A Malaysian Institution
A plate of rice topped with four different curries for breakfast? Sounds like a handful (or rather plateful) but that’s exactly what nasi kandar is about; a combination of tantalising, distinct flavours. Once you get used to the idea of consuming so many carbs and so much spice so early in the day, I guarantee you’ll be fighting for a plate of this truly Malaysian dish on waking.
Hailing from Penang originally, nasi kandar’s literal meaning is rice (nasi) and balance (kandar), which refers to the good ol’ days when hawkers used to carry rice and curry in two buckets balanced on their shoulders with a long pole. As time progressed, so did the complexity of the meal, which soon included ayam goreng (fried chicken), telur ikan (fish roe), bendi (okra) and kubis (cabbage).
Nowadays, any walk through Kuala Lumpur will have you passing a number of nasi kandar restaurants like Pelita or Original Penang Kayu; no trip to peninsular Malaysia can be called complete until you’ve tried this food institution.
Starting with a heaping mound of rice, the best way to eat like a local is to order like one. When asked what curry you want, ask for “kuah campur” (a mix of the curries) which may not look all that appetising, but you’ll soon be treated to an explosion of fragrant, spicy, sweet and tangy flavours.
Then you need to have the requisite sayur or veggies — most commonly bendi and kubis. Top it off with some ayam goreng, kambing (lamb), burung puyuh (quail prepared in herbs and spices) and sambal udang (tiger prawns in spicy curry). Remember in the case of nasi kandar, more is more, so go ahead and order as many side dishes (which will come on the same plate) as your heart can take.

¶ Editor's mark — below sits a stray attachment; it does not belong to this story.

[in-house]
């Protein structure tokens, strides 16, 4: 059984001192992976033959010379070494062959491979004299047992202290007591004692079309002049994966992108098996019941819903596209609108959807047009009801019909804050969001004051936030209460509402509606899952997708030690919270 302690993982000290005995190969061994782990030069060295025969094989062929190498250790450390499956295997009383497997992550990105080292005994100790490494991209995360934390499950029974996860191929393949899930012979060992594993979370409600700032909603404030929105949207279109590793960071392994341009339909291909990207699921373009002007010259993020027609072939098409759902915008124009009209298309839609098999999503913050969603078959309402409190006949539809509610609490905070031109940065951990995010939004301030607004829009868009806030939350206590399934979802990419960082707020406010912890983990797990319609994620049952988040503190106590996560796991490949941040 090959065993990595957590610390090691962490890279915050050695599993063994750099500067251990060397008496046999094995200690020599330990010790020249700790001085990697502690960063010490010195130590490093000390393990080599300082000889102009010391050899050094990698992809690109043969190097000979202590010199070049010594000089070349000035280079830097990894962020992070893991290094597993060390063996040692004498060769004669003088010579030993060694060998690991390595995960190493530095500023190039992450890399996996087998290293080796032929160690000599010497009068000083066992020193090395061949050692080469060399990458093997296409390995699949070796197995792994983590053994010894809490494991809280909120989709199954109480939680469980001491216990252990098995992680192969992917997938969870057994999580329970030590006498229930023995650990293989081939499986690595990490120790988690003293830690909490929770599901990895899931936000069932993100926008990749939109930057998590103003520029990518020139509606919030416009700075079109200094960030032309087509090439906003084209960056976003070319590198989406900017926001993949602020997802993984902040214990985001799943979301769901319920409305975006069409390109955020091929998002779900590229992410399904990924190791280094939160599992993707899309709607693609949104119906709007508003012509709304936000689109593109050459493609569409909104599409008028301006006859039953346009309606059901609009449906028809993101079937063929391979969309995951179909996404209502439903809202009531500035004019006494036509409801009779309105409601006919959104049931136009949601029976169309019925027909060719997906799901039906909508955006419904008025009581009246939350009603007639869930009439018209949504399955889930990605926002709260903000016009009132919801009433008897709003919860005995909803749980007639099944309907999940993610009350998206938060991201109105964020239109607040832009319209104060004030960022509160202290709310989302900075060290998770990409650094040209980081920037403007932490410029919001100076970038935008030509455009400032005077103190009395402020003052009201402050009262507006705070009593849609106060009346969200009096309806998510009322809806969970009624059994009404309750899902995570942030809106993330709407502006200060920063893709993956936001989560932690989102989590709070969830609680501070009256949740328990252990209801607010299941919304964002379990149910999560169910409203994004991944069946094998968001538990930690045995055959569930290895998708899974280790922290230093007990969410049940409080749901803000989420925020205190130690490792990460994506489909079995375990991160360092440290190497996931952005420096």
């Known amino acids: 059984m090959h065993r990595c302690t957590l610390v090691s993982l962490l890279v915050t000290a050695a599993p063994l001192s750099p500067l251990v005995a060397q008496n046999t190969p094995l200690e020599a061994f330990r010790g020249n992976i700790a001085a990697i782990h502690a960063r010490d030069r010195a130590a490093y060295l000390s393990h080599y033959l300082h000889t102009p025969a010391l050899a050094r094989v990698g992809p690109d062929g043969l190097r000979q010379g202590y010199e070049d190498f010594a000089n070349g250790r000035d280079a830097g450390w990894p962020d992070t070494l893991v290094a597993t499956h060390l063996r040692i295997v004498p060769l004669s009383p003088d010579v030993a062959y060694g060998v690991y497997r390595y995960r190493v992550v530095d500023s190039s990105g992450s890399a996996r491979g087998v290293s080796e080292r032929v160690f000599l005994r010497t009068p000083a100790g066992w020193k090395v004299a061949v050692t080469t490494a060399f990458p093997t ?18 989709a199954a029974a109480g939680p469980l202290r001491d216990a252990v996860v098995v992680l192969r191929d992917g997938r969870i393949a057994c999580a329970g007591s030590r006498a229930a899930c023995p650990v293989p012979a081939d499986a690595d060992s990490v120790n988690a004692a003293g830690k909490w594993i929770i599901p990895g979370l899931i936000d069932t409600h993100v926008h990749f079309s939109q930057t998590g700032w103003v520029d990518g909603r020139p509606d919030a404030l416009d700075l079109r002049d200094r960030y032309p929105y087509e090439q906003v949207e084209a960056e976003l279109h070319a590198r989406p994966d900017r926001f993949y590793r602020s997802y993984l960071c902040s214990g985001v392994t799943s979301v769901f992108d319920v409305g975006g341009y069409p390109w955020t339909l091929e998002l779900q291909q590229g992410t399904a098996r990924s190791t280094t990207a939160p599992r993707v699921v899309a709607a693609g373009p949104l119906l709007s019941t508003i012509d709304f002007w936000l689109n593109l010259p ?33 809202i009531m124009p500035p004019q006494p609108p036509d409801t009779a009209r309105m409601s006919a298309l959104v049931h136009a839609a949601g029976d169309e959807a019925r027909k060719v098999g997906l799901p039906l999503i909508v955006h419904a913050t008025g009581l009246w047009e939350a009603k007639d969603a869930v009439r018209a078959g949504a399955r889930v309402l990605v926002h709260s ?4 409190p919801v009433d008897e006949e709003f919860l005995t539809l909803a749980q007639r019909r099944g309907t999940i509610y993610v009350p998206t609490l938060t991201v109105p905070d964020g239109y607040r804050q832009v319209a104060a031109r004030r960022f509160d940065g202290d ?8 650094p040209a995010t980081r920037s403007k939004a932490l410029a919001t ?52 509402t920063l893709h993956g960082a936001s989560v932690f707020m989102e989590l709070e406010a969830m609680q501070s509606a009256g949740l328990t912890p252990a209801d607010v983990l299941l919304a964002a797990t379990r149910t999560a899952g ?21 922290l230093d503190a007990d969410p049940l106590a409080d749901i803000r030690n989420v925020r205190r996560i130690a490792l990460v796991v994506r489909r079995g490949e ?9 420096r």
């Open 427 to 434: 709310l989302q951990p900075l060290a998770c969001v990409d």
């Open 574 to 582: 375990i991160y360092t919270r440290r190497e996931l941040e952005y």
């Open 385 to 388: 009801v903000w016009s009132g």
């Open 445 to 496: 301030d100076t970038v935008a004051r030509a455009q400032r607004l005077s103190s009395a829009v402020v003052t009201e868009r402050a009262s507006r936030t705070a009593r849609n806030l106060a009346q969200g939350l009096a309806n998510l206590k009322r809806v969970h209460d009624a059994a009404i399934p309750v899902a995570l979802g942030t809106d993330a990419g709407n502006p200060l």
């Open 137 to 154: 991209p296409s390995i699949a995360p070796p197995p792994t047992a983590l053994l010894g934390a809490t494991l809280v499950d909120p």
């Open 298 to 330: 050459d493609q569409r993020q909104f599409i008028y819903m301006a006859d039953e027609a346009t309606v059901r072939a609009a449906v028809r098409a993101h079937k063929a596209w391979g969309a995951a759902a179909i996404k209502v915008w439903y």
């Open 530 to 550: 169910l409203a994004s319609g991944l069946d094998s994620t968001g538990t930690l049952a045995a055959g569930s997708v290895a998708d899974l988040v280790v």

While forks and spoons are provided, the best way to eat nasi kandar is by getting your hands dirty; pinch a little of your side dishes along with the white rice with your fingers and skilfully manouvre it to your mouth.
While many of the nasi kandar stalls you venture upon may leave you raising an eyebrow in regards to their hygiene, remember that this is one fare that’s best served in a dingy, simple environment – made even better if it’s consumed by the side of the road. An Indian-Muslim dish, this is a meal that had its founding on the streets of Malaysia among the working class. While enjoyed across all sections of society today, the best way to experience a food culture I’d argue is in its original state.
Most nasi kandar outlets are open 24 hours a day, so you can decide when your stomach can bear the heavy load — it doesn’t have to be for breakfast. For a decent meal, head to a Pelita Nasi Kandar franchise (find locations here) or Original Kayu Nasi Kandar.
If you’d like to try authentic Malaysian fare but would prefer a more comfortable setting, head to Rebung Chef Ismail for a traditional Malay feast or for a wider selection, Ming Tien Food Court is an affordable outdoor venue.
By Sarah Hishan
Last updated on 25th February, 2015.